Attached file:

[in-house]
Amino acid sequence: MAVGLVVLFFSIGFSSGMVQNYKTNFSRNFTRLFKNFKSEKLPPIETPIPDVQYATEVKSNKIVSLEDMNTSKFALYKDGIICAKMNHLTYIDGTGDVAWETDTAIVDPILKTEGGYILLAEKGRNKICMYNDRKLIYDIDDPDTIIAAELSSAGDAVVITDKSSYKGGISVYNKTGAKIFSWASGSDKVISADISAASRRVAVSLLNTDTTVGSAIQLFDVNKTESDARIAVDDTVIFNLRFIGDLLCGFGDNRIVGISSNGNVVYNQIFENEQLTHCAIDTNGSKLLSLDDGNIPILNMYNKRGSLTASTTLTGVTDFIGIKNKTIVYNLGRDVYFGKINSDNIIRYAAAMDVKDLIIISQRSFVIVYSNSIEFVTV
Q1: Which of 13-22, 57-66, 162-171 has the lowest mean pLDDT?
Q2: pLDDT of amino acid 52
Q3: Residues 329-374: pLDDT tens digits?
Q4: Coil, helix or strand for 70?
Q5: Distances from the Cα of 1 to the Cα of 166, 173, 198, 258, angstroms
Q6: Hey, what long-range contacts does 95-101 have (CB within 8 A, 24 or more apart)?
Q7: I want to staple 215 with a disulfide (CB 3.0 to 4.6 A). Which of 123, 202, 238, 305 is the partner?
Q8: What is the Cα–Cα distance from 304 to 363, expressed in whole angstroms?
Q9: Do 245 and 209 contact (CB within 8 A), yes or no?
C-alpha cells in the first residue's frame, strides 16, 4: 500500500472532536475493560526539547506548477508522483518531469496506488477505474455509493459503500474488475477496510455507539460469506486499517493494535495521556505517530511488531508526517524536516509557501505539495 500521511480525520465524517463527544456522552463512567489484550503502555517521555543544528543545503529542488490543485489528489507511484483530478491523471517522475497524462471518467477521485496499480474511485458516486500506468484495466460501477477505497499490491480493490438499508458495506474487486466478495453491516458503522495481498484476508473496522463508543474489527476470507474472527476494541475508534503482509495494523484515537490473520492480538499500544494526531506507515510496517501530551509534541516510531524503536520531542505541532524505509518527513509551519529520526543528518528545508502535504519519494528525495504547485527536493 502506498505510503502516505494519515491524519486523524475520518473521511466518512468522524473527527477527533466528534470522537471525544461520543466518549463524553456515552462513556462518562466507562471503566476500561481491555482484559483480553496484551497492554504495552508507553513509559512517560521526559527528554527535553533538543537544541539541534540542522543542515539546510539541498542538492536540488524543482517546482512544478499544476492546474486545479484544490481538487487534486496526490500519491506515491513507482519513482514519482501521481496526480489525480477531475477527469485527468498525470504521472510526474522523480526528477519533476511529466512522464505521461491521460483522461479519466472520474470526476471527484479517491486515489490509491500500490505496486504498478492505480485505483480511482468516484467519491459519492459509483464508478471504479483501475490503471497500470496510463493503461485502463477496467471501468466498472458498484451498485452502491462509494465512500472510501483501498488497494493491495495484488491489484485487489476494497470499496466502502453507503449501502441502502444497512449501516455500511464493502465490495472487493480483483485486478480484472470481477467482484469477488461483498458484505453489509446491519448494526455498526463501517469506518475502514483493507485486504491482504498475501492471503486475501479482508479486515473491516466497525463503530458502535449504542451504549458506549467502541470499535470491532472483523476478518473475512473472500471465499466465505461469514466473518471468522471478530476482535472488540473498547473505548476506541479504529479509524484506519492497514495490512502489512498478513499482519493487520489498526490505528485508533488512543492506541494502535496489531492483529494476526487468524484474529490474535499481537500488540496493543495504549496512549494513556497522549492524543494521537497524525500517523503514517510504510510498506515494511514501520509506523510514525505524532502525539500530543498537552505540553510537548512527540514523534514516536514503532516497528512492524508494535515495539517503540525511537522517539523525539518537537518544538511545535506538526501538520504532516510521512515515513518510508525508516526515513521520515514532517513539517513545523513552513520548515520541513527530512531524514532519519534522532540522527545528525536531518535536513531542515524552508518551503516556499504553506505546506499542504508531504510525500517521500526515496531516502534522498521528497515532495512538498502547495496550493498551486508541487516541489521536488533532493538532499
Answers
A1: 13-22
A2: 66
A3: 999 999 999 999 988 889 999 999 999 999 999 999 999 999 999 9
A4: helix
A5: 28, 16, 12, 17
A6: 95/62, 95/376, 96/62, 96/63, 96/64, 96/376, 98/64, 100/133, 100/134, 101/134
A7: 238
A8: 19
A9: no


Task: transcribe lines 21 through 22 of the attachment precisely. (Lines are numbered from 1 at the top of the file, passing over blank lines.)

A8: 19
A9: no